Wayne Perry of the Associated Press recently wrote an informative article about the growth of sports betting in the United States since the nation’s Supreme Court rendered a decision in 2018 that enabled states to legalize it.  Following are several key points reported by Perry:

Since the Supreme Court’s decision on May 14, 2018, 35 states and Washington D. C. have legalized sports betting.  It is already operational in 30 states with others, such as Ohio, close to operational. 

As of mid-May 2022, bettors in the United States have wagered $125 billion legally.  This is more than the net income for farmers in 2021 and exceeds the amount spent last year for pet food, supplies, and veterinary care.  The $125 billion does not include the amount bet illegally.

80% of sports bets are via mobile phones. 

In-game betting is the fastest growth segment of sports betting.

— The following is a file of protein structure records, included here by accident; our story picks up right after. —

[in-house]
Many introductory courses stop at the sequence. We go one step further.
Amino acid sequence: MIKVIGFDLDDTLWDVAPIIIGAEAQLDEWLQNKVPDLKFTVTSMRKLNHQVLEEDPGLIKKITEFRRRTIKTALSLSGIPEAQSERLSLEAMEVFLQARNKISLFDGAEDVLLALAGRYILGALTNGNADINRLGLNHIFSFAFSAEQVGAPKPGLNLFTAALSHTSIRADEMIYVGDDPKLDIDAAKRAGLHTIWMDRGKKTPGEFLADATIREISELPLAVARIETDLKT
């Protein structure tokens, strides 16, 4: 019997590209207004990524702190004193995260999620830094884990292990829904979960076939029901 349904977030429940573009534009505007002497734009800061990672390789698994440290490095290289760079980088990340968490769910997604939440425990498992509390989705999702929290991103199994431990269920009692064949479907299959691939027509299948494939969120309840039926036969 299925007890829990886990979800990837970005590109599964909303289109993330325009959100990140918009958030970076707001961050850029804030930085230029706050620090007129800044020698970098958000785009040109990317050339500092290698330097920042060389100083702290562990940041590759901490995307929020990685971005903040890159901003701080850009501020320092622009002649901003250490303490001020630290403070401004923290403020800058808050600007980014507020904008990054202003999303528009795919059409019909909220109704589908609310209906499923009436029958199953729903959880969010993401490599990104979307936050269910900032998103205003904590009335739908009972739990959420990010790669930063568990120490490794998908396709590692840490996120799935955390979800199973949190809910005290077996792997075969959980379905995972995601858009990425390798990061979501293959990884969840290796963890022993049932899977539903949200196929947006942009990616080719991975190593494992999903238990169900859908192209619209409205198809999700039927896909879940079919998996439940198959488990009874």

The overarching question for the horse racing industry is whether sports betting mostly cannibalizes or fosters pari-mutuel wagering.  Sportsbooks typically have a takeout rate of less than 10% of the betting handle, whereas the takeout in horse racing is much higher…and in some cases with exotic bets over twice as much.

Horse racing is experimenting with fixed-odds betting (an unfortunate nomenclature) to incorporate an attractive element of sports betting.  This and innovations like in-race wagering emulate proven advantages of sports betting.  However, the extent to which sports bettors can be attracted to pari-mutuel wagering is problematic, given the disparity in takeout percentages.  On premier race days like the Triple Crown events and Breeders’ Cup, people who do not normally bet on horse racing often partake.  Whether fixed-odds betting, in-race betting, and other elements of sports betting can bring in sports bettors on pedestrian race days is the predominant issue for horse racing.

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